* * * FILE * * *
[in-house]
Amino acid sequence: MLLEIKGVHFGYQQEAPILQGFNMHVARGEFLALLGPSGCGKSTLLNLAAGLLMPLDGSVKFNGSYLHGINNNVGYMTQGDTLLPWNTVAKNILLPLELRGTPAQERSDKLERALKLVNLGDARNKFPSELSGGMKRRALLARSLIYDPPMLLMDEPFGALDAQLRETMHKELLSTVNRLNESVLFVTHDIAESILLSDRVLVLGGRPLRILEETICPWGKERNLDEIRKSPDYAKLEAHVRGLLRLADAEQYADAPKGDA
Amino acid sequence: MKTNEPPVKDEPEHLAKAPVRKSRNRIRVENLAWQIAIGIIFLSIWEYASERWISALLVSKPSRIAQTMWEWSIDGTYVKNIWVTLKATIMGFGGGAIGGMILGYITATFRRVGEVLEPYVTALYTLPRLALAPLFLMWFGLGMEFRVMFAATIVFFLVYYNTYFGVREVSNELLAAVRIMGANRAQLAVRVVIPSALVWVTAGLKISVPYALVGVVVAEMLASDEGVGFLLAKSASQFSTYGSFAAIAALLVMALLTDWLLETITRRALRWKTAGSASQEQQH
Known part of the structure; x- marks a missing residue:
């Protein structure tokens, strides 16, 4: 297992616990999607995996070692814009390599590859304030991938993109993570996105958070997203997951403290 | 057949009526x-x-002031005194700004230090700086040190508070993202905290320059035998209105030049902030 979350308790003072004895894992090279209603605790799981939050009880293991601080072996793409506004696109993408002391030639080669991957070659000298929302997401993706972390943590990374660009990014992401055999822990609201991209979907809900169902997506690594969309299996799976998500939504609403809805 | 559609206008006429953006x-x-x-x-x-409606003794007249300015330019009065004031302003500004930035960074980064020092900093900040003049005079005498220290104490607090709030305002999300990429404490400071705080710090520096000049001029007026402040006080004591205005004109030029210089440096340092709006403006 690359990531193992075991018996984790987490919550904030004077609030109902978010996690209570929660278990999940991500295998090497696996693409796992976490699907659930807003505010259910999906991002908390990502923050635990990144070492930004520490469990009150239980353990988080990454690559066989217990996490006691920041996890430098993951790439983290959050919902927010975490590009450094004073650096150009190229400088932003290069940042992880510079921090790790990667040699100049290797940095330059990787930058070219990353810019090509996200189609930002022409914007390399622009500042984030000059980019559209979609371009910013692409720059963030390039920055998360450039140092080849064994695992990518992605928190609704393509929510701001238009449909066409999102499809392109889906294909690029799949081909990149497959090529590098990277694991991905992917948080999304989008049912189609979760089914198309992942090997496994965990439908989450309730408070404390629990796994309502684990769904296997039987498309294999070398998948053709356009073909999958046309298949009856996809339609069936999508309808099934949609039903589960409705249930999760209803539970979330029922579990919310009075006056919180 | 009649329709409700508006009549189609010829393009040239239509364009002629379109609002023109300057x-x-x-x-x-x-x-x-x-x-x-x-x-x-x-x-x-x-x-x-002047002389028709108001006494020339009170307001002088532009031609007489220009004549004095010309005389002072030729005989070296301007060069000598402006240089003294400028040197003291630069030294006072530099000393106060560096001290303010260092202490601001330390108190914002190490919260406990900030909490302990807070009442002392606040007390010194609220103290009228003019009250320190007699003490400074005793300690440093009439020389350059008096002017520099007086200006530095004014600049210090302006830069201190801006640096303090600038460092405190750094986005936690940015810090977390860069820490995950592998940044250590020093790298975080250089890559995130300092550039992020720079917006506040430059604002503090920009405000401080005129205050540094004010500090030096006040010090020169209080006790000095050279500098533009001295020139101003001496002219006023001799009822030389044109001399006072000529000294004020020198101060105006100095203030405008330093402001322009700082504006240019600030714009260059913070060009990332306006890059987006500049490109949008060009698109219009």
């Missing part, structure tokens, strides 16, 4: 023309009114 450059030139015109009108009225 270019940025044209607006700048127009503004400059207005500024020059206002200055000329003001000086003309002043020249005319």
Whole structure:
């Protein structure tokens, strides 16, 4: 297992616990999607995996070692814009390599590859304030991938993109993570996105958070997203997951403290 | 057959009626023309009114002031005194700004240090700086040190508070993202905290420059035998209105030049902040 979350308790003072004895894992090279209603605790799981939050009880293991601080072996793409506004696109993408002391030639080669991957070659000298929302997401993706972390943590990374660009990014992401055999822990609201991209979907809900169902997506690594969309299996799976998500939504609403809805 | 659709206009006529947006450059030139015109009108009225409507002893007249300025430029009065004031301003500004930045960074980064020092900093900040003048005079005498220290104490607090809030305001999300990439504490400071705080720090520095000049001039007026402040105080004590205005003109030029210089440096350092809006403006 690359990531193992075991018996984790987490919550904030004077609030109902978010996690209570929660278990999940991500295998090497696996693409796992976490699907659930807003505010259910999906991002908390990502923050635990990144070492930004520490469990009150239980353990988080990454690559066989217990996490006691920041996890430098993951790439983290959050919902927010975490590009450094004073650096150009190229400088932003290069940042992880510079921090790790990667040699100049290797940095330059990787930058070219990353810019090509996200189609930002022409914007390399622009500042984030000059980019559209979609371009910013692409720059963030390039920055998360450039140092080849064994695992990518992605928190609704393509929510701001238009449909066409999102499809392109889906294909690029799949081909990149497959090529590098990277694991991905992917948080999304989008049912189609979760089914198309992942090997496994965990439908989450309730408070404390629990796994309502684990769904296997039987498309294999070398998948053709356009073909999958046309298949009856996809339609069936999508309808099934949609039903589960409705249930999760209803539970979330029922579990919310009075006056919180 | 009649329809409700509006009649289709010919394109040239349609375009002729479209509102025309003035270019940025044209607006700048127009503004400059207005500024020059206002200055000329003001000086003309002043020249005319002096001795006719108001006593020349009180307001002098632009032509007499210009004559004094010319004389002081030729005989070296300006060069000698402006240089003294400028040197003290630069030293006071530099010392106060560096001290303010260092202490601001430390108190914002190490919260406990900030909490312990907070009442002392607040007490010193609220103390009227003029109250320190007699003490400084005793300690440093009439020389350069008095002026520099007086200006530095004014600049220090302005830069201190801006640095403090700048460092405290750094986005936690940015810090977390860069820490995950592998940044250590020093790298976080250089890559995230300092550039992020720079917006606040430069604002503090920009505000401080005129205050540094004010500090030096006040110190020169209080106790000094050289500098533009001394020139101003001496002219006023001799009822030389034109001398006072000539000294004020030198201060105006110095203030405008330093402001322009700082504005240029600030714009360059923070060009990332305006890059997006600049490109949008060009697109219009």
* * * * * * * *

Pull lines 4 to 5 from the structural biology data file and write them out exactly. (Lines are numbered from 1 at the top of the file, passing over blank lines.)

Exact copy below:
Known part of the structure; x- marks a missing residue:
């Protein structure tokens, strides 16, 4: 297992616990999607995996070692814009390599590859304030991938993109993570996105958070997203997951403290 | 057949009526x-x-002031005194700004230090700086040190508070993202905290320059035998209105030049902030 979350308790003072004895894992090279209603605790799981939050009880293991601080072996793409506004696109993408002391030639080669991957070659000298929302997401993706972390943590990374660009990014992401055999822990609201991209979907809900169902997506690594969309299996799976998500939504609403809805 | 559609206008006429953006x-x-x-x-x-409606003794007249300015330019009065004031302003500004930035960074980064020092900093900040003049005079005498220290104490607090709030305002999300990429404490400071705080710090520096000049001029007026402040006080004591205005004109030029210089440096340092709006403006 690359990531193992075991018996984790987490919550904030004077609030109902978010996690209570929660278990999940991500295998090497696996693409796992976490699907659930807003505010259910999906991002908390990502923050635990990144070492930004520490469990009150239980353990988080990454690559066989217990996490006691920041996890430098993951790439983290959050919902927010975490590009450094004073650096150009190229400088932003290069940042992880510079921090790790990667040699100049290797940095330059990787930058070219990353810019090509996200189609930002022409914007390399622009500042984030000059980019559209979609371009910013692409720059963030390039920055998360450039140092080849064994695992990518992605928190609704393509929510701001238009449909066409999102499809392109889906294909690029799949081909990149497959090529590098990277694991991905992917948080999304989008049912189609979760089914198309992942090997496994965990439908989450309730408070404390629990796994309502684990769904296997039987498309294999070398998948053709356009073909999958046309298949009856996809339609069936999508309808099934949609039903589960409705249930999760209803539970979330029922579990919310009075006056919180 | 009649329709409700508006009549189609010829393009040239239509364009002629379109609002023109300057x-x-x-x-x-x-x-x-x-x-x-x-x-x-x-x-x-x-x-x-002047002389028709108001006494020339009170307001002088532009031609007489220009004549004095010309005389002072030729005989070296301007060069000598402006240089003294400028040197003291630069030294006072530099000393106060560096001290303010260092202490601001330390108190914002190490919260406990900030909490302990807070009442002392606040007390010194609220103290009228003019009250320190007699003490400074005793300690440093009439020389350059008096002017520099007086200006530095004014600049210090302006830069201190801006640096303090600038460092405190750094986005936690940015810090977390860069820490995950592998940044250590020093790298975080250089890559995130300092550039992020720079917006506040430059604002503090920009405000401080005129205050540094004010500090030096006040010090020169209080006790000095050279500098533009001295020139101003001496002219006023001799009822030389044109001399006072000529000294004020020198101060105006100095203030405008330093402001322009700082504006240019600030714009260059913070060009990332306006890059987006500049490109949008060009698109219009």